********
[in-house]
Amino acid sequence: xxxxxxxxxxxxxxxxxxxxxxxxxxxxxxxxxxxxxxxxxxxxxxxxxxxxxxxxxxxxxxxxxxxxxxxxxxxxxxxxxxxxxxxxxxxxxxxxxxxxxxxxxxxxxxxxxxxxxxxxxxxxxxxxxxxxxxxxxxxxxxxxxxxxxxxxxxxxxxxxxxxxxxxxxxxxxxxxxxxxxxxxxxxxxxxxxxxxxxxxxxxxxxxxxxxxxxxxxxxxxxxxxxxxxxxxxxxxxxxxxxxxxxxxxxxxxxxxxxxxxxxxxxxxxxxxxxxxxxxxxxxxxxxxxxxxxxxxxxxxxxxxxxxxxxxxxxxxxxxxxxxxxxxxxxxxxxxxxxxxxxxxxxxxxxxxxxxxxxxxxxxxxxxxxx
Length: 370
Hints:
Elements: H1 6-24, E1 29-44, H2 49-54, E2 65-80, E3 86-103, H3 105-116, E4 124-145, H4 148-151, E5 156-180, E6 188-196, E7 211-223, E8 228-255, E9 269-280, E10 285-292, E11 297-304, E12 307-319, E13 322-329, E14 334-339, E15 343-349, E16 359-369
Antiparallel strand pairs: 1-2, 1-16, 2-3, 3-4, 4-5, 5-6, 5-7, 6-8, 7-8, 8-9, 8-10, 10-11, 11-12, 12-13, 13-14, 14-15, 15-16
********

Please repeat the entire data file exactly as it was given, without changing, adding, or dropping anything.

[in-house]
Amino acid sequence: xxxxxxxxxxxxxxxxxxxxxxxxxxxxxxxxxxxxxxxxxxxxxxxxxxxxxxxxxxxxxxxxxxxxxxxxxxxxxxxxxxxxxxxxxxxxxxxxxxxxxxxxxxxxxxxxxxxxxxxxxxxxxxxxxxxxxxxxxxxxxxxxxxxxxxxxxxxxxxxxxxxxxxxxxxxxxxxxxxxxxxxxxxxxxxxxxxxxxxxxxxxxxxxxxxxxxxxxxxxxxxxxxxxxxxxxxxxxxxxxxxxxxxxxxxxxxxxxxxxxxxxxxxxxxxxxxxxxxxxxxxxxxxxxxxxxxxxxxxxxxxxxxxxxxxxxxxxxxxxxxxxxxxxxxxxxxxxxxxxxxxxxxxxxxxxxxxxxxxxxxxxxxxxxxx
Length: 370
Hints:
Elements: H1 6-24, E1 29-44, H2 49-54, E2 65-80, E3 86-103, H3 105-116, E4 124-145, H4 148-151, E5 156-180, E6 188-196, E7 211-223, E8 228-255, E9 269-280, E10 285-292, E11 297-304, E12 307-319, E13 322-329, E14 334-339, E15 343-349, E16 359-369
Antiparallel strand pairs: 1-2, 1-16, 2-3, 3-4, 4-5, 5-6, 5-7, 6-8, 7-8, 8-9, 8-10, 10-11, 11-12, 12-13, 13-14, 14-15, 15-16